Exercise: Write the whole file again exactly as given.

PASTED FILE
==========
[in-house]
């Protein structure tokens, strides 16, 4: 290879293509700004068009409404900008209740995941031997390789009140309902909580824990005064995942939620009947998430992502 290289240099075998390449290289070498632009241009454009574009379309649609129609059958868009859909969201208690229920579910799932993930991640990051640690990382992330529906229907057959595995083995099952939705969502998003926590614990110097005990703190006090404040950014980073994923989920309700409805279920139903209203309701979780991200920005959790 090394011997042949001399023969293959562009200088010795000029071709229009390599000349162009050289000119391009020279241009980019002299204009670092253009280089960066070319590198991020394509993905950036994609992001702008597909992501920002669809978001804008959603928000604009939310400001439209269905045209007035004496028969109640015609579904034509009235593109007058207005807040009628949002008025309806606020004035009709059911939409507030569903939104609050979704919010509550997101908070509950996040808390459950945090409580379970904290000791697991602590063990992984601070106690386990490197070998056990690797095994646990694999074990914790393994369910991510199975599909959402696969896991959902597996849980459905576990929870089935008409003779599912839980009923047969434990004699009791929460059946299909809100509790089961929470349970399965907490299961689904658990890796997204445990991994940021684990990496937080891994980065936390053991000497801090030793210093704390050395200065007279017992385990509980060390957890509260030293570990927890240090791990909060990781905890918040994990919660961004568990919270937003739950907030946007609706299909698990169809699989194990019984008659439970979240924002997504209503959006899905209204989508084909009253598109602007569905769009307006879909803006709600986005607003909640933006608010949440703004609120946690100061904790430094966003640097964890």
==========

[in-house]
């Protein structure tokens, strides 16, 4: 290879293509700004068009409404900008209740995941031997390789009140309902909580824990005064995942939620009947998430992502 290289240099075998390449290289070498632009241009454009574009379309649609129609059958868009859909969201208690229920579910799932993930991640990051640690990382992330529906229907057959595995083995099952939705969502998003926590614990110097005990703190006090404040950014980073994923989920309700409805279920139903209203309701979780991200920005959790 090394011997042949001399023969293959562009200088010795000029071709229009390599000349162009050289000119391009020279241009980019002299204009670092253009280089960066070319590198991020394509993905950036994609992001702008597909992501920002669809978001804008959603928000604009939310400001439209269905045209007035004496028969109640015609579904034509009235593109007058207005807040009628949002008025309806606020004035009709059911939409507030569903939104609050979704919010509550997101908070509950996040808390459950945090409580379970904290000791697991602590063990992984601070106690386990490197070998056990690797095994646990694999074990914790393994369910991510199975599909959402696969896991959902597996849980459905576990929870089935008409003779599912839980009923047969434990004699009791929460059946299909809100509790089961929470349970399965907490299961689904658990890796997204445990991994940021684990990496937080891994980065936390053991000497801090030793210093704390050395200065007279017992385990509980060390957890509260030293570990927890240090791990909060990781905890918040994990919660961004568990919270937003739950907030946007609706299909698990169809699989194990019984008659439970979240924002997504209503959006899905209204989508084909009253598109602007569905769009307006879909803006709600986005607003909640933006608010949440703004609120946690100061904790430094966003640097964890």